If you have read any of my post or articles you may know that I do a lot of complaining about the English translations that we have available. I am aware that there is no perfect English translation, but here is a short explanation.
The King James Version is the oldest version that has common availability and is in regular use. While the translators did not have access to all of the manuscripts that we have today they did have a knowledge of the Greek and access to good manuscripts. Even with this they still made some decisions that leave many wondering. Those in the churches of Christ are well aware of the translators creation of a new English word baptism. They took the Greek baptizo and rather than translating the word into the English immersion they just left people guessing. Those who pour or sprinkle water on a person then did not have to explain why they called it baptism.
When I was in my early teens I remember reading several novels that had French phrases, sometimes at key points in the story. At that time there was no easy way to look up those phrases. So most of the time I read on having no clue as to the meaning of what I just read. Sort of reminds one of the way “tongues” are practiced today among some churches, no benefit to the observer. The King James Version (KJV) did the same with the inclusion of a few Latin words. The one in particular that is most misunderstood today is the word Gentile. Jerome used that word correctly in his Latin translation of the scriptures, but today most have been incorrectly taught that it means non-Jew, or as anyone who is not a Jew. Jerome’s use was approximately, “others of the same kinship”. The word race as we understand it would not be entirely correct, but closer than the way Gentile is used today. The Greeks understood the word race a little bit more like we use the word nation today, but the definition required that those nations were always made up of those of the same general kin. That is consistent with how we used to use the word.
It has been pointed out in several instances in the KJV that words that are verbs or adjectives have been translated as nouns for example. In other places the meaning of a word is distorted and misunderstood because the English translations have used another word in some locations that make one think the words are equivalent. This is shown in my argument concerning the words divorce and put away. If they truly mean the same thing then Christ divorced a few crowds of people when he separated himself from them or “sent them away”.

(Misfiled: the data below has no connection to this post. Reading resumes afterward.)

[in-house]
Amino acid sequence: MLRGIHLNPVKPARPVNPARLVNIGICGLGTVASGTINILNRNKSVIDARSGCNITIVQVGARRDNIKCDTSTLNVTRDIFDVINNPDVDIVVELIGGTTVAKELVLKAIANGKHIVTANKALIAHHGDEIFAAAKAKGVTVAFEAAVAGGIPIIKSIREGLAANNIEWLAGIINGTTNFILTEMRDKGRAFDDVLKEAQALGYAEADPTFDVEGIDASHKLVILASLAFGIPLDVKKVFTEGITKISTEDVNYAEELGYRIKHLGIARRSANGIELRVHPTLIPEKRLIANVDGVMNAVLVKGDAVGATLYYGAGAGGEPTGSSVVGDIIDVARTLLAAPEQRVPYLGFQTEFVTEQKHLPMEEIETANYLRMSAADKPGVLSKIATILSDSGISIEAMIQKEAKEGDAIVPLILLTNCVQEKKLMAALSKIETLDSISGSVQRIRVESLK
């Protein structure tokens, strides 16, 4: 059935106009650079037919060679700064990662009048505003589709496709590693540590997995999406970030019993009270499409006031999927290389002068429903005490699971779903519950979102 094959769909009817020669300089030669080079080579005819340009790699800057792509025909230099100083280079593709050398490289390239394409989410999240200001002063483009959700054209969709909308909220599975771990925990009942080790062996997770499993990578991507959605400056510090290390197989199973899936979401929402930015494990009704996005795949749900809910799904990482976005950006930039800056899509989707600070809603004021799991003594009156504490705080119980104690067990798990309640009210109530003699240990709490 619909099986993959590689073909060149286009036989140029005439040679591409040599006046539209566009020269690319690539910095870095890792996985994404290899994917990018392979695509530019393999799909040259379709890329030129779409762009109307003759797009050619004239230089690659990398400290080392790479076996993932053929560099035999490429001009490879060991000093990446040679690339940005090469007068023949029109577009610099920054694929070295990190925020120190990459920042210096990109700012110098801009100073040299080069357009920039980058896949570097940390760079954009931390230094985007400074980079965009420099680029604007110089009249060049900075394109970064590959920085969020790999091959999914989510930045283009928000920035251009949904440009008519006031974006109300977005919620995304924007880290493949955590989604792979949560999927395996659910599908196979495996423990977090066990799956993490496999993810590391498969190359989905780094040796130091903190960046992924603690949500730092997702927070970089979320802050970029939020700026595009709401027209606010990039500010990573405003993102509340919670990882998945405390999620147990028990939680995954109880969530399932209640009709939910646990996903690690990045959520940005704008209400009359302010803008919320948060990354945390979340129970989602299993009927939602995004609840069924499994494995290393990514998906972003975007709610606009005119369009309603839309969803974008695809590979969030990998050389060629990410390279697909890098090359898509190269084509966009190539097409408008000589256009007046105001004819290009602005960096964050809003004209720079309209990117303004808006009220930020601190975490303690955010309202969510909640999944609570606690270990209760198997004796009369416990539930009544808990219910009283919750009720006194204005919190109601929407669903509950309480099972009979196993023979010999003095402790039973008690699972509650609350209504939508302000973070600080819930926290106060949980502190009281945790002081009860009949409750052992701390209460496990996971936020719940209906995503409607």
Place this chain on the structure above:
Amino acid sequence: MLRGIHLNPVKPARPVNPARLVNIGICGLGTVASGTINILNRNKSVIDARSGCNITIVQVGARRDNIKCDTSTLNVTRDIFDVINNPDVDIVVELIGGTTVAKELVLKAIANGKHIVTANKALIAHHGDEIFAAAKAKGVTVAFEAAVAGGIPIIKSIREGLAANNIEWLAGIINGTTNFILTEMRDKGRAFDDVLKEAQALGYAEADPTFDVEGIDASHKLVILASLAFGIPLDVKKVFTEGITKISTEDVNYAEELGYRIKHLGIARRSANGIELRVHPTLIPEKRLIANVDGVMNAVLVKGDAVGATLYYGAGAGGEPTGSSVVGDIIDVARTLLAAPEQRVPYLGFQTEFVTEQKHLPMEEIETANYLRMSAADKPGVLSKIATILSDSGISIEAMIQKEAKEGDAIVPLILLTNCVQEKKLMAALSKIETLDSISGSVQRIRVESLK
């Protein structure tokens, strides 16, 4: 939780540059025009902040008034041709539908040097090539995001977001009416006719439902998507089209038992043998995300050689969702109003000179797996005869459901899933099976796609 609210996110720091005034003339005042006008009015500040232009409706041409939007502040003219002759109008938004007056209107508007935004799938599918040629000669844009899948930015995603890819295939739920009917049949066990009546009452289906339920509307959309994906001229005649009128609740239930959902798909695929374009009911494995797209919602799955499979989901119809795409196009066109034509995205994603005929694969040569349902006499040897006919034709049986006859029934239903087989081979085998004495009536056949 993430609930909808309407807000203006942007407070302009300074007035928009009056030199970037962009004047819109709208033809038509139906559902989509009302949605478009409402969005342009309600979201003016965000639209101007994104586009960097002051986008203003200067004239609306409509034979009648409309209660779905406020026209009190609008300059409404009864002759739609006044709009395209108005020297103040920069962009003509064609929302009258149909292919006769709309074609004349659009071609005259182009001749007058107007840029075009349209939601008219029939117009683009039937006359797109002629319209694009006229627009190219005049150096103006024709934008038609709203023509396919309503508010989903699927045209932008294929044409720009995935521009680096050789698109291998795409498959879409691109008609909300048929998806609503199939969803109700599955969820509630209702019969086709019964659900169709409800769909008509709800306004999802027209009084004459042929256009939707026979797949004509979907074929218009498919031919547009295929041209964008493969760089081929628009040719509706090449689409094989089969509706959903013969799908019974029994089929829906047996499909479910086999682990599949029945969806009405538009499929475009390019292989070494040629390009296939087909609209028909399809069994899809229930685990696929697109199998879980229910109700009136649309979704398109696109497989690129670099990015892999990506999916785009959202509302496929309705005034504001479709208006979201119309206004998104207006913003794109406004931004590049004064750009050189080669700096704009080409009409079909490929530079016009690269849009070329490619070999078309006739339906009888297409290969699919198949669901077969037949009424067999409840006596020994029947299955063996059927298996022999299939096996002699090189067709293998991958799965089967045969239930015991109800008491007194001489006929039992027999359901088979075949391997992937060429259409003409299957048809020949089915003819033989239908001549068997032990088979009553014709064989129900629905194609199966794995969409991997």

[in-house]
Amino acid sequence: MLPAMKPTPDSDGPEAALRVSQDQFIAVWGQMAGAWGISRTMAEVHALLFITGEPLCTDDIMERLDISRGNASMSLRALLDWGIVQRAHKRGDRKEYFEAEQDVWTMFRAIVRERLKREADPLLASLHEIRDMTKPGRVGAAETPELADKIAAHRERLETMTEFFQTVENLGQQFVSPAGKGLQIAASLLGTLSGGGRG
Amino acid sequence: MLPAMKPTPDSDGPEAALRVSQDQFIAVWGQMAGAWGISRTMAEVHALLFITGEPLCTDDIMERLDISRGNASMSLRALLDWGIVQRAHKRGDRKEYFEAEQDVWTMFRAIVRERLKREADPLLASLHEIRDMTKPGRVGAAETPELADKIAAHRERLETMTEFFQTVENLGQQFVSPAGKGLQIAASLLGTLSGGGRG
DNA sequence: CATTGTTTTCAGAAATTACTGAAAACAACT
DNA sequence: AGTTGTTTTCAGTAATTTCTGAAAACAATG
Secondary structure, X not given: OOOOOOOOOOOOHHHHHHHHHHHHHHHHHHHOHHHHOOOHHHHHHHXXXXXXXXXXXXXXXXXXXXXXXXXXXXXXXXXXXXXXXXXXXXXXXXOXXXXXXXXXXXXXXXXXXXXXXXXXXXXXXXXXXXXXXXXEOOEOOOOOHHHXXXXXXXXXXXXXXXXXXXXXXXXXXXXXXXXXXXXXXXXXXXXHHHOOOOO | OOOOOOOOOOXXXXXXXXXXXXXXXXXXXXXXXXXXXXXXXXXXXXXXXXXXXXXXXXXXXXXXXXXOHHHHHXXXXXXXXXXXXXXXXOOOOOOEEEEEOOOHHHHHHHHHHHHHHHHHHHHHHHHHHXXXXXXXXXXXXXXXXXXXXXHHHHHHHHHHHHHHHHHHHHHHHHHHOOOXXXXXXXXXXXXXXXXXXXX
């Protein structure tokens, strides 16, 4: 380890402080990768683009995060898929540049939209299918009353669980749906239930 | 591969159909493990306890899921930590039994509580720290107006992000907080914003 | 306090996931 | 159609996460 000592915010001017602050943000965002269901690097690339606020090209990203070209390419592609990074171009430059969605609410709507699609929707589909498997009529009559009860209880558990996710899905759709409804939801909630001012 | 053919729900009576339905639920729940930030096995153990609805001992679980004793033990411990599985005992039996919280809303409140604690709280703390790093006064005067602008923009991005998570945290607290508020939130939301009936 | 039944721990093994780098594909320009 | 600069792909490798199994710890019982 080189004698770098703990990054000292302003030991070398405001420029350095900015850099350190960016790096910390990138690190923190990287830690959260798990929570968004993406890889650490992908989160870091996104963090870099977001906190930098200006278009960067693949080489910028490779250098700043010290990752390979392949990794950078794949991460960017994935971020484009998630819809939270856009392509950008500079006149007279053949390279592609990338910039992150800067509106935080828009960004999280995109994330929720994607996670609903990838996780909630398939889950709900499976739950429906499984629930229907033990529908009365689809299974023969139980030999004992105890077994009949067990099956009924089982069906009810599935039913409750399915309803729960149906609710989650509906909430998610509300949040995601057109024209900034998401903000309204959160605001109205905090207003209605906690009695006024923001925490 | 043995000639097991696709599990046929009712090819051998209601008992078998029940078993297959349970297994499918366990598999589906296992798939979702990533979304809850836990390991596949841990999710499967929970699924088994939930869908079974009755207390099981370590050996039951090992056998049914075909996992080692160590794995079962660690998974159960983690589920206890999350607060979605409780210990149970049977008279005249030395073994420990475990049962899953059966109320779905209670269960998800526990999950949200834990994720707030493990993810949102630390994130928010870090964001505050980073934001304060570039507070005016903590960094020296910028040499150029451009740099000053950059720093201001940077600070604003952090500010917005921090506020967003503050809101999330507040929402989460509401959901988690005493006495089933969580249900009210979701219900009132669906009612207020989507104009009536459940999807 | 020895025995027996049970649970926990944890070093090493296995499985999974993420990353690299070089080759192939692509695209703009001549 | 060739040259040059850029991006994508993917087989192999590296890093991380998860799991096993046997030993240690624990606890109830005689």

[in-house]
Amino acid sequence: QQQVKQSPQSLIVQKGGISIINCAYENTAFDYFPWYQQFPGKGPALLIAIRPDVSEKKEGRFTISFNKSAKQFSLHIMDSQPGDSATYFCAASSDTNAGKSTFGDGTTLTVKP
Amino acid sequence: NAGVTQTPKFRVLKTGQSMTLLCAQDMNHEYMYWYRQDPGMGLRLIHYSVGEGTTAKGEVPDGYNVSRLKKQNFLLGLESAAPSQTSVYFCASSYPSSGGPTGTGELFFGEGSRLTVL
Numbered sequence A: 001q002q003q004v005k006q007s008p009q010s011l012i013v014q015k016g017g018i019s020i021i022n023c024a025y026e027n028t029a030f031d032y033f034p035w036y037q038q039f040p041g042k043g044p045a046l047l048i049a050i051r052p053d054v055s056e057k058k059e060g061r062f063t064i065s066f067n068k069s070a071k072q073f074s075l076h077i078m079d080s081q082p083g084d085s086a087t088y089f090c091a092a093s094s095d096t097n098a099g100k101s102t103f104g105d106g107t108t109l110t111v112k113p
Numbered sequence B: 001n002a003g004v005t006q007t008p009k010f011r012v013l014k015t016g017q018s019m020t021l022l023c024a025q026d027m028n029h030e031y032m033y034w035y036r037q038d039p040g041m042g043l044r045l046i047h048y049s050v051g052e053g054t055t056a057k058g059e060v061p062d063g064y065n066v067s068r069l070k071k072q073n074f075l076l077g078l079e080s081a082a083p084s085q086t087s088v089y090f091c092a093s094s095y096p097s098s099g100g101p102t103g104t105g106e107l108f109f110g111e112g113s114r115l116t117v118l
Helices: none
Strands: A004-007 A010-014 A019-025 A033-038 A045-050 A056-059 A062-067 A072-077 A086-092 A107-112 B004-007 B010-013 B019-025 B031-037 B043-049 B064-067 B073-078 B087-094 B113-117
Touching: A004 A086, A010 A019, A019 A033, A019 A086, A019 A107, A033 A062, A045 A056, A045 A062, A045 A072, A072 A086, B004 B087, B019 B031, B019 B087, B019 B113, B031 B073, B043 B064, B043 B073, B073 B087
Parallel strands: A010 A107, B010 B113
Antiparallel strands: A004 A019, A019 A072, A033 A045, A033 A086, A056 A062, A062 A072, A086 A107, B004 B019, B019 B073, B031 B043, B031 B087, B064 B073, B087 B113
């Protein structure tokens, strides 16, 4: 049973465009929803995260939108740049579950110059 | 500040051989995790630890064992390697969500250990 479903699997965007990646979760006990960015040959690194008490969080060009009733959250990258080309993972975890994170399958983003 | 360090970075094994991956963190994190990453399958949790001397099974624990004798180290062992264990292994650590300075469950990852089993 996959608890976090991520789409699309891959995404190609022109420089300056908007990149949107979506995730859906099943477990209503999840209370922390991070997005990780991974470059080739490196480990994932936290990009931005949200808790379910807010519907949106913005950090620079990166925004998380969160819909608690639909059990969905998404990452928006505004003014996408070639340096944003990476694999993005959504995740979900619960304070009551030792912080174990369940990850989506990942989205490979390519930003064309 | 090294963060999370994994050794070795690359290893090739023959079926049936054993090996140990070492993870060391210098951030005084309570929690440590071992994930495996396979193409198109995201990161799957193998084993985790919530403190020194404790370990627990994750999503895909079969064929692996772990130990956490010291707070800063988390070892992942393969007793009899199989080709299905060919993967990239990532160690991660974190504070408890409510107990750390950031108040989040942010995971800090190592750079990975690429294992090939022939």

Another popular translation, the New International Version (NIV) has continued many of the problems of the KJV and while correcting a few words has added some errors of it’s own. Both translations are guilty of adding words and phrases that are not found or even implied in the Greek manuscripts.
Through some study I am aware that not everyone who was involved in the translation of scripture necessarily had the best interest in it’s accurate translation. For example, near the beginning of the last millennium in England there were men who pretended that they were Protestants. They did this to gain access to colleges in order to train men to doubt what they believed. Today many religious colleges invite in men who are considered authorities in some biblical area, but who use the opportunity to mislead with half truths. Many false church doctrines have been promoted through improperly translated scriptures and footnotes. This sounds a bit too cloak and dagger for many, but just keep in mind what Paul warned in Galatians 2:4 and Jude 1:4.
Everyone must do their own research, but this is why I insist on checking the Greek or Hebrew meanings of words and try to learn something of the times when the writings occurred. I also keep in mind that the people living in a land today were not necessarily the same people who lived there in the times of the scriptures.